approach (without sorting) because equal dictionaries don’t necessarily have the same order (even in Python 3.7 where **insertion order** – not absolute order – is guaranteed):

```
>>> d1 = {1: 1, 9: 9}
>>> d2 = {9: 9, 1: 1}
>>> d1 == d2
True
>>> tuple(d1.items()) == tuple(d2.items())
False
```

And even sorting the tuple might not work if the keys aren’t sortable:

```
>>> d3 = {1: 1, 'a': 'a'}
>>> tuple(sorted(d3.items()))
TypeError: '<' not supported between instances of 'str' and 'int'
```

## Benchmark

I thought it might be useful to see how the performance of these approaches compares, so I did a small benchmark. The benchmark graphs are time vs. list-size based on a list containing no duplicates (that was chosen arbitrarily, the runtime doesn’t change significantly if I add some or lots of duplicates). It’s a log-log plot so the complete range is covered.

The absolute times:

The timings relative to the fastest approach:

The second approach from thefourtheye is fastest here. The `unique_everseen`

approach with the `key`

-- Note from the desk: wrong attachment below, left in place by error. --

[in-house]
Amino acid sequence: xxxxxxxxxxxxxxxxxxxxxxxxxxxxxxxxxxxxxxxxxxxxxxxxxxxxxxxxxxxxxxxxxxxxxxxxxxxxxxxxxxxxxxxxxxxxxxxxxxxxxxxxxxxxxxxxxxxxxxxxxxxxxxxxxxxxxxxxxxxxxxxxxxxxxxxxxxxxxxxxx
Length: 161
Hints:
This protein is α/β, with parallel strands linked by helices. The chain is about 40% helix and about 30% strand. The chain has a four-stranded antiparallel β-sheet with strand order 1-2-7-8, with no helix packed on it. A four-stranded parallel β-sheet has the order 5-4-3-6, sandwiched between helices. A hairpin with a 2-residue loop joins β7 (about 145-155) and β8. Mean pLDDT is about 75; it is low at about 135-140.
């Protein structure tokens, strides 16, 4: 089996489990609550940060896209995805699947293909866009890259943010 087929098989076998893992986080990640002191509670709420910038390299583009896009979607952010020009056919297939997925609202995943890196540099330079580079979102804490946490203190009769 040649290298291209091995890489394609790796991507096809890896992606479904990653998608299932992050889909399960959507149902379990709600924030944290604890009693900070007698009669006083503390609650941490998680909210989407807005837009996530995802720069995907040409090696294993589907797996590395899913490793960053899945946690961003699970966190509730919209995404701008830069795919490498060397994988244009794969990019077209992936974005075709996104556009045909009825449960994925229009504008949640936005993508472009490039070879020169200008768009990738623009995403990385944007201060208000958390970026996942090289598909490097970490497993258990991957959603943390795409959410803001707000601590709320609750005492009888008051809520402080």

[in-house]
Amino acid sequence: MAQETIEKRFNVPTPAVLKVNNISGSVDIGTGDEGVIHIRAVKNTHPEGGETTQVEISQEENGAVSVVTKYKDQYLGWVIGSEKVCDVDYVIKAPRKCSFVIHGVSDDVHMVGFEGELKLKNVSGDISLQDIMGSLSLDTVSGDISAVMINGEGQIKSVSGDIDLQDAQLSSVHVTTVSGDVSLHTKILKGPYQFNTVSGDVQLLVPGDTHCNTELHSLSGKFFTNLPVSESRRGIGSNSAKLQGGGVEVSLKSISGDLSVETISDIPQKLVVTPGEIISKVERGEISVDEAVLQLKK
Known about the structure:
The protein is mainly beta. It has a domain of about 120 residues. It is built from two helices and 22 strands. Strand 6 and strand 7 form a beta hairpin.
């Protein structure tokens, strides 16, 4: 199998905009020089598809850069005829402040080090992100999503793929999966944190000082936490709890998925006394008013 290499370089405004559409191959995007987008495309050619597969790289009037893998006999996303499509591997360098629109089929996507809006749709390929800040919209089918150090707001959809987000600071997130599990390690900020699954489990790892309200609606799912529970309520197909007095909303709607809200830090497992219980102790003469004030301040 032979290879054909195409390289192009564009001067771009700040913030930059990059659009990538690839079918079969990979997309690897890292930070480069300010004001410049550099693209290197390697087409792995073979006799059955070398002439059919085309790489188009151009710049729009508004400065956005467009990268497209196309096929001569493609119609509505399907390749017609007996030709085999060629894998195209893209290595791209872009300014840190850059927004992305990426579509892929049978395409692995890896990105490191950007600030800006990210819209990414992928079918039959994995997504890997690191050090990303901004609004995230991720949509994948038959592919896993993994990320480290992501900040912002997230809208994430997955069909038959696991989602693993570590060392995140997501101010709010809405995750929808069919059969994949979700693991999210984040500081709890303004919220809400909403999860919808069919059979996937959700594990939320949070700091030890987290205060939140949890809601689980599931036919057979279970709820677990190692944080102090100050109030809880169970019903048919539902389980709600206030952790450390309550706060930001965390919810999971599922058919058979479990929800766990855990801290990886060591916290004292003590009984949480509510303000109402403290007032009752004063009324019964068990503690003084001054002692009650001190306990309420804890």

function is on the second place, however it’s the fastest approach that preserves order. The other approaches from jcollado and thefourtheye are almost as fast. The approach using `unique_everseen`

without key and the solutions from Emmanuel and Scorpil are very slow for longer lists and behave much worse `O(n*n)`

instead of `O(n)`

. stpks approach with `json`

isn’t `O(n*n)`

but it’s much slower than the similar `O(n)`

approaches.

The code to reproduce the benchmarks:

```
from simple_benchmark import benchmark
import json
from collections import OrderedDict
from iteration_utilities import unique_everseen
def jcollado_1(l):
return [dict(t) for t in {tuple(d.items()) for d in l}]
def jcollado_2(l):
seen = set()
new_l = []
for d in l:
t = tuple(d.items())
if t not in seen:
seen.add(t)